• Evan Cobb, Erin Fry, Maxwell Havey, Savannah Reed, Maria Valero
  • Bachelor of Journalism
    • Marisa Anz, Megan Barnes, Emma Brandeis, Madeline Brown, Kyrie Bussler, Ellen Cagle, Yutao Chen, Rachel Foster-Gimbel, Theresa Gaul, Macyn Gillespie, Lindsay Gloor, Meghan Gordon, Abigail Killian, Alison Kott, Emily Ann Ladig, Jamie Lazaroff, Miranda Lee, Xin Liu, Haotian Mai, Madison Majors, Erika Peepo, Olivia Picht, Allison Pierce, Peyton Rosencrants, Emily Russell, Emily Russo, Hailey Rutledge, Alyssa Salela, Katherine Schnell, Kelsie Schrader, Ruth Serven, Jessica Sherwin, Katherine Sorbelli, Margaret Teson, Emily Wilson

The alumna speaker will be Marina Walker Guevara, MA ’05, deputy director of the International Consortium of Investigative Journalists, a global network of reporters headquartered in Washington, D.C.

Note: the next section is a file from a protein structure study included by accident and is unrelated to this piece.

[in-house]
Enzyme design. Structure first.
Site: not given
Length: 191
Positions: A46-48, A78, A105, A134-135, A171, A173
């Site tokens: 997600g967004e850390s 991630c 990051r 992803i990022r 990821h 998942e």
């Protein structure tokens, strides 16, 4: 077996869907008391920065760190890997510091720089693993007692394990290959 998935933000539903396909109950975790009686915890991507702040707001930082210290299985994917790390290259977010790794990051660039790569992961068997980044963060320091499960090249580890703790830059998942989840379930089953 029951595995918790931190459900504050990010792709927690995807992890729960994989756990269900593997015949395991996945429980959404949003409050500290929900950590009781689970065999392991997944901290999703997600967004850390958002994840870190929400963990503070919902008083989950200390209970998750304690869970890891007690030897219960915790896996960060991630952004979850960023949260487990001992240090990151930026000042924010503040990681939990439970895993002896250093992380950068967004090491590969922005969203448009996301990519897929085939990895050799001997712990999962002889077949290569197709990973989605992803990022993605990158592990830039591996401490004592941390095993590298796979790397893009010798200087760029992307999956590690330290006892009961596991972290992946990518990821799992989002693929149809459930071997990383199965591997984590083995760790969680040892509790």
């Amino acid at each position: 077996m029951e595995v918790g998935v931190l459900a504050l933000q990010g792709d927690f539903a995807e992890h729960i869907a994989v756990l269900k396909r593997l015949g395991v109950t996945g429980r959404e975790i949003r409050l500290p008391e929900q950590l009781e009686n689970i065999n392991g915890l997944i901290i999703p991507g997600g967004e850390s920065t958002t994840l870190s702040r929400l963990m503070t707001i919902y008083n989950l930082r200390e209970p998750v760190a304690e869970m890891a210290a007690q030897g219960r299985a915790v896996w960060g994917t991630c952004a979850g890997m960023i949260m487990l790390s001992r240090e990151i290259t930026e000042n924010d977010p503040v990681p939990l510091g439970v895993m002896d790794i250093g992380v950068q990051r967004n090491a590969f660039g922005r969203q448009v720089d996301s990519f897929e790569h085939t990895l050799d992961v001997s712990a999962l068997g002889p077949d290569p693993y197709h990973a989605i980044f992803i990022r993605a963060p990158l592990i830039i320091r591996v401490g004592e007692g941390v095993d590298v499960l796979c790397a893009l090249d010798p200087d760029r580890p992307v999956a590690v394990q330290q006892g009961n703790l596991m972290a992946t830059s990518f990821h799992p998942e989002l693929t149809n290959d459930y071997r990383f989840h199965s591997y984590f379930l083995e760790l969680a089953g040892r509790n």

Walker Guevara has managed some of journalism’s most consequential investigations on global corruption, including “The Panama Papers,” which involved more than 370 reporters in 76 countries and shook governments and businesses across the world. Other investigations include Swiss Leaks, Luxembourg Leaks and Offshore Leaks.

Over a 20-year career, Walker has investigated environmental degradation by mining companies, the global offshore economy, the illicit tobacco trade and the criminal networks that are depleting the world’s oceans, among other topics. Her stories have appeared in leading international media, including The Washington Post, The Miami Herald, Le Monde and the BBC.

A native of Argentina, Walker Guevara’s investigations have won or shared more than 40 national and international journalism awards, including a Pulitzer Prize for Explanatory Reporting and honors from Long Island University’s George Polk Awards, Investigative Reporters and Editors, Overseas Press Club, Barlett and Steele Awards, and Columbia University’s Maria Moors Cabot Award for distinguished Latin American reporting (special citation).